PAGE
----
South Africa vs Australia
While on paper South Africa’s tour read as a close win against Argentina and then consecutive losses for the first time in 2 years, there were promising signs shown – particularly against the All Blacks.
The hosts won the 2012 JWC with a 10/12 combo of Pollard and Serfontein and both should feature in the World Cup squad for 2015. Serfontein has made 37 tackles in the last 2 games but hasn’t really played a part in attack. He carried 4 times for 3m against Australia & had 4 runs for 5m against New Zealand. Bar the game against Argentina in wet conditions, recent South Africa home games have been high scoring and with Owens as referee there is always a decent chance of an open match. That may mean Serfontein is seen more in attack and after his performance against New Zealand, would expect that Pollard is full of confidence too.
Committing to a more expansive gameplan can leave holes in defence though and South Africa missed 25 tackles against Australia and 31 against New Zealand. In the former, Steyn missed 7 with Matfield and Vermeulen 4. In the Wellington defeat, J du Plessis missed 5 with de Villiers on 4 and 8 other players with 2 or more. Having to change the midfield and backrow combinations several times due to injuries may also account for those numbers. WP and Lions have both been exciting teams to watch in the Currie Cup and it may be that there has been a slight shift towards changing the mentality in South Africa.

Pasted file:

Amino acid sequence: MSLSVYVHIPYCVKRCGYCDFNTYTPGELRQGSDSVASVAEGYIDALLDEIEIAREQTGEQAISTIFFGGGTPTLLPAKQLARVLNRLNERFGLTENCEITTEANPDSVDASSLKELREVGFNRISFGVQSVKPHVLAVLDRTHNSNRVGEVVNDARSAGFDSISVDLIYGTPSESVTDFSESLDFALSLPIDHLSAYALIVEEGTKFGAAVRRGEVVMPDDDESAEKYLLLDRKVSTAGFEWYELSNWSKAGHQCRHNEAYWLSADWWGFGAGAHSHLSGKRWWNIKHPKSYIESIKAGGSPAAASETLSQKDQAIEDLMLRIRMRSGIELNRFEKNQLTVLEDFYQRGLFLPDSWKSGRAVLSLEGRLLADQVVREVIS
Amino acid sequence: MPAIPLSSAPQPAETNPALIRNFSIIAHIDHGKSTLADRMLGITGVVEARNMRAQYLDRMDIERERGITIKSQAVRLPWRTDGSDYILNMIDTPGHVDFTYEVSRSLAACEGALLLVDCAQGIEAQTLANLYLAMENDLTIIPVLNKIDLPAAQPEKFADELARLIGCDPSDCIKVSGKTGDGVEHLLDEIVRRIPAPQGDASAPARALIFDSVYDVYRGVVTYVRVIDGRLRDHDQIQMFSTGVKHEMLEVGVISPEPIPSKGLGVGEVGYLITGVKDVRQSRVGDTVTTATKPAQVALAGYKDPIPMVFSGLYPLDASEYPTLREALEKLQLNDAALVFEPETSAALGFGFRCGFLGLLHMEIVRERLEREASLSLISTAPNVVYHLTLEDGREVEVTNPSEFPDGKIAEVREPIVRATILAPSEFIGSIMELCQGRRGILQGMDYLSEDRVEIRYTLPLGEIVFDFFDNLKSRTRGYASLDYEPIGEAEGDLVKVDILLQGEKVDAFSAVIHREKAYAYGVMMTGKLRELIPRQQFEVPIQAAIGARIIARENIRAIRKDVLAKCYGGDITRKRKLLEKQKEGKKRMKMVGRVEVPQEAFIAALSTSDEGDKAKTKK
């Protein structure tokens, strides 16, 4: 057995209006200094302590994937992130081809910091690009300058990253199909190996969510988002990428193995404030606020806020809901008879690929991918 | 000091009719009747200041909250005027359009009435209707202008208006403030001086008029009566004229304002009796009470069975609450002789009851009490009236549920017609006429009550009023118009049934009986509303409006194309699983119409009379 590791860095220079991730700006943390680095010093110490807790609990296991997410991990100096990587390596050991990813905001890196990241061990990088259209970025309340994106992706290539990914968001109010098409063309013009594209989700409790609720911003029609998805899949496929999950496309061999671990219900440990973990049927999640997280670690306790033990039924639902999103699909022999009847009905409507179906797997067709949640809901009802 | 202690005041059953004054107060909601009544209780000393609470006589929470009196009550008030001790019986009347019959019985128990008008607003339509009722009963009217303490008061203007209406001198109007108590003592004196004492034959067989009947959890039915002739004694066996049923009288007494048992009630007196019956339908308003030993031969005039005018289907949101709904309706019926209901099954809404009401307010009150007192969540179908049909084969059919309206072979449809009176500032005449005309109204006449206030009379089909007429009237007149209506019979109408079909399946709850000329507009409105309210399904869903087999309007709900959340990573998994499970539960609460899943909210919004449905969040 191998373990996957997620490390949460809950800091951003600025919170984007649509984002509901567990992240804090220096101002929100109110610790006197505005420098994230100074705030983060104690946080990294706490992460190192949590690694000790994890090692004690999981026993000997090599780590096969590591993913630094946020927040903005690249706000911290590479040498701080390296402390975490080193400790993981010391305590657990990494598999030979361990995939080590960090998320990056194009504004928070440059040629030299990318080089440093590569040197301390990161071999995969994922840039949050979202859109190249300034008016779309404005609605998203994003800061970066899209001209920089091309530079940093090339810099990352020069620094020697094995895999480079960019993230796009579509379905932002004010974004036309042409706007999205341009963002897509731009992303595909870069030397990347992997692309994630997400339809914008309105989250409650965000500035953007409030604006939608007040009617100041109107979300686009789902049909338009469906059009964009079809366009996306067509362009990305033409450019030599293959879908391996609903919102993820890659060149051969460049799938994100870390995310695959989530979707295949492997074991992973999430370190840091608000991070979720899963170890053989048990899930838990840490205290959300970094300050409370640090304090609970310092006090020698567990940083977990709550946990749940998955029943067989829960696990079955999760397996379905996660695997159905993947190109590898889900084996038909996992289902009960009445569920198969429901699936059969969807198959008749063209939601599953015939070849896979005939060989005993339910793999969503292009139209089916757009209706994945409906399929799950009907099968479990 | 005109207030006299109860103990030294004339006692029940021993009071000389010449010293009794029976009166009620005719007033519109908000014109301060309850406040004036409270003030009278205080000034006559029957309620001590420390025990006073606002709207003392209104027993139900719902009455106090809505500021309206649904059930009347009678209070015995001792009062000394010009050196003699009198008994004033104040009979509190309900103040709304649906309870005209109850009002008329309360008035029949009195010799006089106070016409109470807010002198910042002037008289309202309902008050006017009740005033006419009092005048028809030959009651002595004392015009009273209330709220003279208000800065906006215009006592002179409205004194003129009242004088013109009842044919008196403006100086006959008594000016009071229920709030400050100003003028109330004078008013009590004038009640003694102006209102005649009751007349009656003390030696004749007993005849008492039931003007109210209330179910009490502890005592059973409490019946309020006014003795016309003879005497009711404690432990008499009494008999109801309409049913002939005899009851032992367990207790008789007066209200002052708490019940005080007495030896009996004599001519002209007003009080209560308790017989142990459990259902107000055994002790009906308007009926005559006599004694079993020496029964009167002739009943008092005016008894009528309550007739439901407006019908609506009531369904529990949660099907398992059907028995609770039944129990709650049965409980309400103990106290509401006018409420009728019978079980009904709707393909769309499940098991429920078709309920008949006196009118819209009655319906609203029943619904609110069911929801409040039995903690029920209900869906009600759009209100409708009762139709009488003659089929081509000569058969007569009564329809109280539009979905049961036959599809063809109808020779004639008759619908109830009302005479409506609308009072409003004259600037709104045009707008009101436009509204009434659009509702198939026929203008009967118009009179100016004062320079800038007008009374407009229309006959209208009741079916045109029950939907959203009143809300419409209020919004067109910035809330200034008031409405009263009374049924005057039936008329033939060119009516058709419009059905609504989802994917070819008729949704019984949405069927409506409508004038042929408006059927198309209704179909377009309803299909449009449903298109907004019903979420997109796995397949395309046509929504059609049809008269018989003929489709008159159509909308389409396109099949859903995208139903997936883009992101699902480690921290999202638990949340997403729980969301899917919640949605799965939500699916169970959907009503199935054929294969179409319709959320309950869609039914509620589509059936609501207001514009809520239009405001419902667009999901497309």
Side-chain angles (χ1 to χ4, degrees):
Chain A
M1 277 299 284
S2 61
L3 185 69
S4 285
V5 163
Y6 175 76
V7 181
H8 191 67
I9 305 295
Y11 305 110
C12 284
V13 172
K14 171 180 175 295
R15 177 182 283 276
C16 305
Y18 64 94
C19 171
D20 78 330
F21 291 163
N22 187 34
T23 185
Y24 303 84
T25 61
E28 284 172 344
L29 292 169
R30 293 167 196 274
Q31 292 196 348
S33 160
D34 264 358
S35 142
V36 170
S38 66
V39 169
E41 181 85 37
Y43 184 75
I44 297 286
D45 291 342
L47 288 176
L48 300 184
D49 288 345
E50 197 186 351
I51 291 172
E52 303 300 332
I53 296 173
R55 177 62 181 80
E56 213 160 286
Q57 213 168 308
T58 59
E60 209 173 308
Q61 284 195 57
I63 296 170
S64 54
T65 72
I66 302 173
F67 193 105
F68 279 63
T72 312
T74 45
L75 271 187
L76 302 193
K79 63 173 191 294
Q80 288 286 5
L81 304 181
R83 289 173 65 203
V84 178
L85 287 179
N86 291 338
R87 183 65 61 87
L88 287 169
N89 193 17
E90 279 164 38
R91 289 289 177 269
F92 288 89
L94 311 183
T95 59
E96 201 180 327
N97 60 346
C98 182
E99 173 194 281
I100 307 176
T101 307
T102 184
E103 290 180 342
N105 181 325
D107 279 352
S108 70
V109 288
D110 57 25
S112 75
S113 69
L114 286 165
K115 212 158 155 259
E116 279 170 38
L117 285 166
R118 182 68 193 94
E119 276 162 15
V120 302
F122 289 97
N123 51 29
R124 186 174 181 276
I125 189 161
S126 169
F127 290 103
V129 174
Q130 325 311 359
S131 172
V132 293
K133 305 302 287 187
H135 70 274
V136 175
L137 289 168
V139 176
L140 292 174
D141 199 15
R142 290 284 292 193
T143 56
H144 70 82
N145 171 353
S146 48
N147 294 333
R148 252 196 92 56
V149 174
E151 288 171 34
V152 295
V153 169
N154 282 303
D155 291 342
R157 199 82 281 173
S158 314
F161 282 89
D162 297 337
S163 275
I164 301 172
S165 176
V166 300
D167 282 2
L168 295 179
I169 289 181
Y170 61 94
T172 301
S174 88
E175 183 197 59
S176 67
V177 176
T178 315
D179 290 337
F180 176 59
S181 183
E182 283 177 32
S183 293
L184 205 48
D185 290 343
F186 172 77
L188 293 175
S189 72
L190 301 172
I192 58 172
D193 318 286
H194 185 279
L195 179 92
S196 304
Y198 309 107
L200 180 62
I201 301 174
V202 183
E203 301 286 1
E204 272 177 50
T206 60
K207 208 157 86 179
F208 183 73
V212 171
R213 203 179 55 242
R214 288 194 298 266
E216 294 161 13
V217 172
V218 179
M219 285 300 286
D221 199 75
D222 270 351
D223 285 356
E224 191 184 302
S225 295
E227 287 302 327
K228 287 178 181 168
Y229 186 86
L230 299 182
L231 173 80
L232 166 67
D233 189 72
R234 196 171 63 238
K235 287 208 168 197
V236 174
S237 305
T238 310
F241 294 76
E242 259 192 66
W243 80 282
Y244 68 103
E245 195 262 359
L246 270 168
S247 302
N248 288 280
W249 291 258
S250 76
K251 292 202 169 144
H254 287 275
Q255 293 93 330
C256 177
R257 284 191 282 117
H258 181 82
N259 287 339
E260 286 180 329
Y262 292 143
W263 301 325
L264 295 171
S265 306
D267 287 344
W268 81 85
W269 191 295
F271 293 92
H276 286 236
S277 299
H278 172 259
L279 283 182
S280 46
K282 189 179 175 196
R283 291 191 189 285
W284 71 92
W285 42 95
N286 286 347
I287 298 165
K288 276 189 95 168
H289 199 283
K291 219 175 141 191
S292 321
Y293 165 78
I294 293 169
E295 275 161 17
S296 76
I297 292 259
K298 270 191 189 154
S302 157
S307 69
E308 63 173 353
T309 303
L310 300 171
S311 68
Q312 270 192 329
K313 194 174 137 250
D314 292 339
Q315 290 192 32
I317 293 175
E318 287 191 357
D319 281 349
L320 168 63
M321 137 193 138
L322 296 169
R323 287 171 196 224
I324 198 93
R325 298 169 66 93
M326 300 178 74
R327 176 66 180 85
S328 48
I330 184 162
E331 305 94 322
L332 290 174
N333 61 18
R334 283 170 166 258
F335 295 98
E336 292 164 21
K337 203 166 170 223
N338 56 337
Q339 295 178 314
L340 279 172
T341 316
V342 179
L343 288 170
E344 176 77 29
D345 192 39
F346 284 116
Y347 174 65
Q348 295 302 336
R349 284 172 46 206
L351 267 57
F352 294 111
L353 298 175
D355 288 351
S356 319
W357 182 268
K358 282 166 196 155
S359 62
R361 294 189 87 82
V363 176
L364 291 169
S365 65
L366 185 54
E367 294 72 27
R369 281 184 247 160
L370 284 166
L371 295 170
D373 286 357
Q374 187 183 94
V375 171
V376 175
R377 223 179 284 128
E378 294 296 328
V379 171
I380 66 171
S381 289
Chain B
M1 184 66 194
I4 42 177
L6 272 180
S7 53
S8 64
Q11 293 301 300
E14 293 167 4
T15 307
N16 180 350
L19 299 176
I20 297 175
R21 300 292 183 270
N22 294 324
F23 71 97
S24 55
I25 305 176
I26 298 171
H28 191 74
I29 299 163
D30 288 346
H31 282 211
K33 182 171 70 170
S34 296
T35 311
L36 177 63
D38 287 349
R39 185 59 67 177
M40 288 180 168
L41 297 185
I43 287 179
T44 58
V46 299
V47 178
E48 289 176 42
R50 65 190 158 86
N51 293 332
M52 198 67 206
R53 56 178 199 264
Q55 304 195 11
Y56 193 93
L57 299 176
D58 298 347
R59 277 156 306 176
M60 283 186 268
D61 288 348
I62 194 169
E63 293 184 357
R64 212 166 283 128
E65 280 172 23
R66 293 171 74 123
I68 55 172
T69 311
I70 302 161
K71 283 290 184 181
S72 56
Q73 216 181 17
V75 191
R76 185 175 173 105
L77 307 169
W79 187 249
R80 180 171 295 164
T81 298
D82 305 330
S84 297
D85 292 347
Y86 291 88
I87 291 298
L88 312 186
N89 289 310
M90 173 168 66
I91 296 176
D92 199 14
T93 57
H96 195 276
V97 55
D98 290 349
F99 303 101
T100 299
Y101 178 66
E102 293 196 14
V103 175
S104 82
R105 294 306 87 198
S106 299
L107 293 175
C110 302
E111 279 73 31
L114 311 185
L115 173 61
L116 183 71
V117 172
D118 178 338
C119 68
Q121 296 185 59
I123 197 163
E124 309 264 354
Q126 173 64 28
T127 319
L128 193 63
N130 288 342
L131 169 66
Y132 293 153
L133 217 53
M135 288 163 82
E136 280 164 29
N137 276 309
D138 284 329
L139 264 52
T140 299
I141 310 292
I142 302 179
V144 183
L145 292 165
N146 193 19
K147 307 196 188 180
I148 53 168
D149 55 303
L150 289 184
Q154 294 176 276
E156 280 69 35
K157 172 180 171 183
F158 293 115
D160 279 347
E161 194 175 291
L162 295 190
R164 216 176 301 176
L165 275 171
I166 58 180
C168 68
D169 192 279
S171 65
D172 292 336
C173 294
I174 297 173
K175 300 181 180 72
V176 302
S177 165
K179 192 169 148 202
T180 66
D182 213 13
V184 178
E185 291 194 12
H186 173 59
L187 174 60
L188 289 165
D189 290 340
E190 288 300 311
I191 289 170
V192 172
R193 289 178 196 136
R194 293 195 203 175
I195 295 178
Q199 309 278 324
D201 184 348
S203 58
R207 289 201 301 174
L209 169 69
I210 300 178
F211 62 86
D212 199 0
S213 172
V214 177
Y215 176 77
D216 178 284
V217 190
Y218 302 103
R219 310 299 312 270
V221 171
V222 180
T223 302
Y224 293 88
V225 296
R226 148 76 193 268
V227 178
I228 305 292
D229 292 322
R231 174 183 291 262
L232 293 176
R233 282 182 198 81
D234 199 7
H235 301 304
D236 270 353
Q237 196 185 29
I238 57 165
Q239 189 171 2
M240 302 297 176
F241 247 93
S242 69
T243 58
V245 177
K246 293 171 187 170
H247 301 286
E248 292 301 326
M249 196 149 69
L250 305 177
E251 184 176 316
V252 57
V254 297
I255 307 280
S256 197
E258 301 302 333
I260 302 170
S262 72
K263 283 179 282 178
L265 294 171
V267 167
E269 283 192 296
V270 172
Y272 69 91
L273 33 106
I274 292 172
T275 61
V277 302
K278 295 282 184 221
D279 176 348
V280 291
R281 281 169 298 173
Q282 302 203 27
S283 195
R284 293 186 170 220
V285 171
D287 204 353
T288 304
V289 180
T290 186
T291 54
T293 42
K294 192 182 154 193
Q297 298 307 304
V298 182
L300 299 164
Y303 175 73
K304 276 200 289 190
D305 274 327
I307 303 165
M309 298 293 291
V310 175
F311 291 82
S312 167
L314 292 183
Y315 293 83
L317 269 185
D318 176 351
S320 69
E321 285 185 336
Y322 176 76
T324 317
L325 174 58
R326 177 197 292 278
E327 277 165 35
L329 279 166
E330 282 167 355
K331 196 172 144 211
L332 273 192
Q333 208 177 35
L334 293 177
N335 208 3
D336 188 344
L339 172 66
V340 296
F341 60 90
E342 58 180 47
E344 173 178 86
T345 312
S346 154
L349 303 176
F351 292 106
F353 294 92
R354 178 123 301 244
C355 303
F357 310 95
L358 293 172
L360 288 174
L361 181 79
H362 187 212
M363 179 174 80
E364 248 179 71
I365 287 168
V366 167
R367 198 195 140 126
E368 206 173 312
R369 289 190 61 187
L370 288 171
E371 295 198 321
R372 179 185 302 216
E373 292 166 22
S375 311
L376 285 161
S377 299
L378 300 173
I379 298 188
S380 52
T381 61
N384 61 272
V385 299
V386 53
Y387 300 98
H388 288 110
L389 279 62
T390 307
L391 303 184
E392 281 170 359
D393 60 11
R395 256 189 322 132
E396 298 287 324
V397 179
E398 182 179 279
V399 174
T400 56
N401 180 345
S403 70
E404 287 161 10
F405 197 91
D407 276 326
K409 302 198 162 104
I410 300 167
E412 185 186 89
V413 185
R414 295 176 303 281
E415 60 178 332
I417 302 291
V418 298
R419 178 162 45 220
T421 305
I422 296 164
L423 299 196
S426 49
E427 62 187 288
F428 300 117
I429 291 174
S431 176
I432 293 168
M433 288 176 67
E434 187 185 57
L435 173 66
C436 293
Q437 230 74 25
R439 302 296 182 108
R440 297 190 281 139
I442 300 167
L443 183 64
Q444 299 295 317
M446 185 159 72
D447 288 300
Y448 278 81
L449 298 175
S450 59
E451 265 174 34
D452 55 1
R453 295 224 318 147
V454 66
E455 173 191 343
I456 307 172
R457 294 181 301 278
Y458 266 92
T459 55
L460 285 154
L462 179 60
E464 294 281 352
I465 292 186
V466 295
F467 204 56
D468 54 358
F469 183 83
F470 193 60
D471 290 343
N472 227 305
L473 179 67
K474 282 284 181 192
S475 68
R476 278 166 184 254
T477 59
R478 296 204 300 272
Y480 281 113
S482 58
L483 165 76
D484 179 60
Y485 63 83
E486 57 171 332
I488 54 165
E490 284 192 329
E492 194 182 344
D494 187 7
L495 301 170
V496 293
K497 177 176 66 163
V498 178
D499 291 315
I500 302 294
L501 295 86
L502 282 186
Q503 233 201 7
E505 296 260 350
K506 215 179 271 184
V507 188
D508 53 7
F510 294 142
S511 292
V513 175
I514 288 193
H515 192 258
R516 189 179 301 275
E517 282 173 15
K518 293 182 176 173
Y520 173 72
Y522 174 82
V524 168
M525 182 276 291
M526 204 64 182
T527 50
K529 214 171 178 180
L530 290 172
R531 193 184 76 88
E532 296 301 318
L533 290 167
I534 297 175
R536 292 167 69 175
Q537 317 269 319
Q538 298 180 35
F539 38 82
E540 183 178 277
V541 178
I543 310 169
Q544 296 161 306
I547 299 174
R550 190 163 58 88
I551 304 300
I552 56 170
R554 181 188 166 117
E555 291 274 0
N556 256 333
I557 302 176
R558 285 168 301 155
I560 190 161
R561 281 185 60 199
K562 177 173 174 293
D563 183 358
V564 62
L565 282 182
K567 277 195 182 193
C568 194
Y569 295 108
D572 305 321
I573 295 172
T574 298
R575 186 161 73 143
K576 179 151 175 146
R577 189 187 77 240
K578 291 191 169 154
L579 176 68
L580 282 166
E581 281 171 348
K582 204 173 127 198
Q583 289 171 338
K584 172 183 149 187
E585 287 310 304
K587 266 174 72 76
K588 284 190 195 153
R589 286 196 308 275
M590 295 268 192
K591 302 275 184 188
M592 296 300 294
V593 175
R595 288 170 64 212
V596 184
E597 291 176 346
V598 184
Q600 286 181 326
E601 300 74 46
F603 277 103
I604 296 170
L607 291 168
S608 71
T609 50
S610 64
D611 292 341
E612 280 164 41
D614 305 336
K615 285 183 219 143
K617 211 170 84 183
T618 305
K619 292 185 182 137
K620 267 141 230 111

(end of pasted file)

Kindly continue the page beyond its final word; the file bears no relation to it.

With du Preez and Pienaar injured, Hougaard makes his first start at 9 since the draw in Argentina in 2012. After that match he was used on the wing for the rest of the year and then not involved at all in 2013. He should offer a greater running threat than Pienaar and that again may point to this being an open game. While there is some continuity with 9/10/12 all coming from the Bulls, Hougaard and Pollard did only start 3 games as halfbacks together last season. The hosts may miss Pienaar’s control and kicking game if required to close out the match.
Meyer has opted for experience on the bench with du Plessis, Botha, Burger, Lambie and Pietersen. It will be interesting to see whether making the step up from playing in Japan back to International is a problem for Burger and Pietersen. It didn’t seem to be a problem for George Smith or du Preez in recent seasons but then again perhaps normal rules shouldn’t be applied to those two. Reinach scored 6 tries in 12 games for the Sharks this season and should make his debut for the Boks late on.
At the start of the season, it looked like Prinsloo, Labuschagne, Van de Walt, Cook and Brussow would be the main backrow choices with Mohoje, Venter and Greeff being used rarely. However, injuries meant that Mohoje ended up starting 5 games from May. Having made the most of that opportunity, there has been another jump in his progress – this time to starting 7 for the Boks. With Alberts and Louw out it does mean a new combo of the Cheetahs flanker, Coetzee and Vermeulen.
With Read about, the contribution of other number 8s can sometimes be overlooked but Vermeulen has been in great form this tournament. He has averaged 10 carries a game and 9 tackles and the key point would be the majority of those have been dominant. There isn’t really the offloading game that Read possesses, but in the absence of Alberts he has assumed the enforcer role and is probably setting the tone in defence for the rest of the side.
South Africa have won the last 6 matches in Cape Town against Australia by an average score of 24-16. If their games against New Zealand and the touring Lions are excluded, then its 20/22 wins at this venue since the mid-1970s. The Boks last 2 home wins over this opposition came by 23 and 20 points.